Board of Admiralty to John Langdon
FC (NA: PCC, Marine Committee Letter Book, fol. 279).
April 14th. 1780
We have been favoured with your letters of the 5th and 18th Ulto., wherein you inform us that unless you are supplied with Money either from the Navy Board or Admiralty, it will not be in your power to Ship the Masts &c for Martinico.1 We are sorry to say that such is still the low state of the Treasury; that it will be impossible for us at this juncture to Obtain Money from thence, so that our sole relyance Must be on the Navy Board at Boston to supply you. In Order to Obtain some Money for the Military Chest Congress has been necessitated to risque a large quantity of their Sugar and Rum from Boston by water, induced thereto by knowing that those Articles will yield above 100 per Cent more at this place than at Boston, which proceeds from the imprudent management of sending nearly all Continental prizes into that Port,2 to the emolument of some individuals but of great detriment to the Public and Army as by the distance of places the latter can reap no benefit from those Articles so essentially necessary for the Army.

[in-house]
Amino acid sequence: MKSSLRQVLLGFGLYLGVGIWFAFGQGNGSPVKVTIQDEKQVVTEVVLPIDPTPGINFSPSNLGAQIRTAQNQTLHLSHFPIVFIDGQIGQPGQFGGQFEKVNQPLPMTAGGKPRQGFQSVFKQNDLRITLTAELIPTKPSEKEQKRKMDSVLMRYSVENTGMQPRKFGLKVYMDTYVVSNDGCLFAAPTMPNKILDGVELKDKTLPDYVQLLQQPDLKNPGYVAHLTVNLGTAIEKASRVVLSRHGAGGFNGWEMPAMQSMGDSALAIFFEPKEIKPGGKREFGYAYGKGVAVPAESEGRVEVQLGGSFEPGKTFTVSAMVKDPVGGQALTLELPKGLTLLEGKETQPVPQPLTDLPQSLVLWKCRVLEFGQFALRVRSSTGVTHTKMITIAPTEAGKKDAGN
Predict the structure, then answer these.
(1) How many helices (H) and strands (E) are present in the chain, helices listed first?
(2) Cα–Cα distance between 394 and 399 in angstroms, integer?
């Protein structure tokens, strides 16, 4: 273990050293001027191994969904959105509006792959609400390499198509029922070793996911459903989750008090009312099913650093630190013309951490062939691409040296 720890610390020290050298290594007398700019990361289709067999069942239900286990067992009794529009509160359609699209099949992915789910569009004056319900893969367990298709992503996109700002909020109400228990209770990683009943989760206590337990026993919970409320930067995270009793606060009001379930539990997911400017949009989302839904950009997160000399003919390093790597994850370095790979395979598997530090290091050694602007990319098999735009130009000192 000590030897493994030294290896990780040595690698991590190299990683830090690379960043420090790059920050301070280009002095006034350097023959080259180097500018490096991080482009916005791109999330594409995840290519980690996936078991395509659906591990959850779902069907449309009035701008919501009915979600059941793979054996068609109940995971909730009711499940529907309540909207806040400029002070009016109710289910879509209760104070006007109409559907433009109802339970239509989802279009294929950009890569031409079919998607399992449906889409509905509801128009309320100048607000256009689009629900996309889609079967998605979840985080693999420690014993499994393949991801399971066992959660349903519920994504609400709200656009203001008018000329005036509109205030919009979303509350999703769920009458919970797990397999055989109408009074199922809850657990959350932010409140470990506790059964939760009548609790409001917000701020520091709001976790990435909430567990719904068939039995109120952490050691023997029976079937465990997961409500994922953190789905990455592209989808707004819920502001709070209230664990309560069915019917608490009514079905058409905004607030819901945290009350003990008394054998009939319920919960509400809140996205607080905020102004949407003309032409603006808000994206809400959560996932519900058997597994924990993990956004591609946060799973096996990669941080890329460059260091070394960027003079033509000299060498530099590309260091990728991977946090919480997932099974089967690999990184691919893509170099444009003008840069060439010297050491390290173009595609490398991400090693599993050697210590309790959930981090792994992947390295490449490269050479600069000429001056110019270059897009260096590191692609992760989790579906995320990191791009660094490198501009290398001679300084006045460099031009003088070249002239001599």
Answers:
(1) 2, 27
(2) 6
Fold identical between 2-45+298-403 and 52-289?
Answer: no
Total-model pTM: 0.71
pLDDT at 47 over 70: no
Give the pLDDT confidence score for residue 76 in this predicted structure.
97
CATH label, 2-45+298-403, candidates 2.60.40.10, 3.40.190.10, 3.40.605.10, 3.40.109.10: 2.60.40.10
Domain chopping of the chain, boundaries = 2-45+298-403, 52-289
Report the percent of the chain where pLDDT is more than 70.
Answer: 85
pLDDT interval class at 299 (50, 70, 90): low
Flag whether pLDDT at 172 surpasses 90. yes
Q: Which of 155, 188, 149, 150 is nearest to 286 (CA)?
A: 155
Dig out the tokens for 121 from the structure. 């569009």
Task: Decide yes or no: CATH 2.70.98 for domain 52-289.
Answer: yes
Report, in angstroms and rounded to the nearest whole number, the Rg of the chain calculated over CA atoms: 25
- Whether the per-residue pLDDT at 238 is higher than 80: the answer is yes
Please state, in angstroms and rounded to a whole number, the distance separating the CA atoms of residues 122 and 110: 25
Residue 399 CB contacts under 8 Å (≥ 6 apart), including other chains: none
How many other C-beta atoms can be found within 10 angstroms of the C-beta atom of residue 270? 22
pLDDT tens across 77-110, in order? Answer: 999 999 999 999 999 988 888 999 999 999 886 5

I am Sir Your very hble servant By Order
John Brown Sec:
1. To refit the dismasted U.S. frigate “Confederacy” (JM to Page, 8 May 1780, n. 6). The ship appeared in the Delaware River about 28 April, having managed to limp home from Martinique without aid from the Board of Admiralty (Charles O. Paullin, ed., Out-Letters of Board of Admiralty, II, 188–89).